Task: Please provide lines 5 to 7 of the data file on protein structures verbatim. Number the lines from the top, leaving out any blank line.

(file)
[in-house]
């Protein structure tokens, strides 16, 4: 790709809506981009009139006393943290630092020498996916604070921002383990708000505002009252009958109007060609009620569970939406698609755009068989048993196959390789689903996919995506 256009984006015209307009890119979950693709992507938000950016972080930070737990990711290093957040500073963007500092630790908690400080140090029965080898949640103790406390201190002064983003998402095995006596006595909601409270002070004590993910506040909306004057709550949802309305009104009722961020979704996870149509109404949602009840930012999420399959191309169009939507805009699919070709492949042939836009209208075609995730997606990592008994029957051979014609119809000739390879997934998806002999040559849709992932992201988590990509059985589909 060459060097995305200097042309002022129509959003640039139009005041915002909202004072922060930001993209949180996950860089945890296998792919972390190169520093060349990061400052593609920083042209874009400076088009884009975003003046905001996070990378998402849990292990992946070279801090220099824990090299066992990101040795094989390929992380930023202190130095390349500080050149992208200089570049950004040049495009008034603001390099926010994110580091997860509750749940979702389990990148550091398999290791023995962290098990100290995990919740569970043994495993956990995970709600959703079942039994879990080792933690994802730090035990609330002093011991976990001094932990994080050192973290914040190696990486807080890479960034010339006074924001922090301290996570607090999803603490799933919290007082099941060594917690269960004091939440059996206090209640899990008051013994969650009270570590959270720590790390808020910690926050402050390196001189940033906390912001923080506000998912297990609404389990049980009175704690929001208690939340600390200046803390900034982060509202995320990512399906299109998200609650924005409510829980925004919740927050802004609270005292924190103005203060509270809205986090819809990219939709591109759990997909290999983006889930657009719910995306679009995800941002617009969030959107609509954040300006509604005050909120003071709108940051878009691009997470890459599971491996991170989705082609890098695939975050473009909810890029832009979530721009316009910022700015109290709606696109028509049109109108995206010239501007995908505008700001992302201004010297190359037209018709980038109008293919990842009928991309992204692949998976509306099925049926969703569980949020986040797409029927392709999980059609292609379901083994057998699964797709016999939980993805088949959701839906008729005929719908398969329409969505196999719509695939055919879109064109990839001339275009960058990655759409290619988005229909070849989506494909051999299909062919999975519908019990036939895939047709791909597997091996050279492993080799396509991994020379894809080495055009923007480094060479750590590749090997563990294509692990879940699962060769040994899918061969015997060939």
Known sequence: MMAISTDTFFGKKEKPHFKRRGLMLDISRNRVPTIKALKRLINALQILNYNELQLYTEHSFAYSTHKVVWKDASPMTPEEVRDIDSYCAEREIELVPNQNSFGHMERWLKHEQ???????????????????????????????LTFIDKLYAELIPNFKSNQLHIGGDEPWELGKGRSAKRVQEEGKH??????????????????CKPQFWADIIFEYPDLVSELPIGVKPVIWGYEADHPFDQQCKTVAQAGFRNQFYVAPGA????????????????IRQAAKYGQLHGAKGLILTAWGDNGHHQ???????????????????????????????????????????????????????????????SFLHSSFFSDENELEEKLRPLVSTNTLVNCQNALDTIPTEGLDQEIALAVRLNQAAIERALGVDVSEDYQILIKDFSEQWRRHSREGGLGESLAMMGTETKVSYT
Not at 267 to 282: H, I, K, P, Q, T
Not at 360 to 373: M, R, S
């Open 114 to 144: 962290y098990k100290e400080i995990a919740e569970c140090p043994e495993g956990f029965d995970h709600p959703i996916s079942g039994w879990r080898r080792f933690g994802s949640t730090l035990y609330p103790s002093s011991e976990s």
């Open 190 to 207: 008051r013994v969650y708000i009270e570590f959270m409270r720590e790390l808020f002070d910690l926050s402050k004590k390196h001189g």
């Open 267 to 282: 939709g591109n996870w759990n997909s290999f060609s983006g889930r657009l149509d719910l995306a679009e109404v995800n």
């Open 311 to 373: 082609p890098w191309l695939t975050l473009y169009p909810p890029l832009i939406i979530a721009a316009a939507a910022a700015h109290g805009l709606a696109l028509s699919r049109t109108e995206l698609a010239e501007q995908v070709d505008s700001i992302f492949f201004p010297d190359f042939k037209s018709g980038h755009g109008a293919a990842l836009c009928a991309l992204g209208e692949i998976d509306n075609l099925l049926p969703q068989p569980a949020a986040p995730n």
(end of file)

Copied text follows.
Not at 360 to 373: M, R, S
């Open 114 to 144: 962290y098990k100290e400080i995990a919740e569970c140090p043994e495993g956990f029965d995970h709600p959703i996916s079942g039994w879990r080898r080792f933690g994802s949640t730090l035990y609330p103790s002093s011991e976990s």
């Open 190 to 207: 008051r013994v969650y708000i009270e570590f959270m409270r720590e790390l808020f002070d910690l926050s402050k004590k390196h001189g």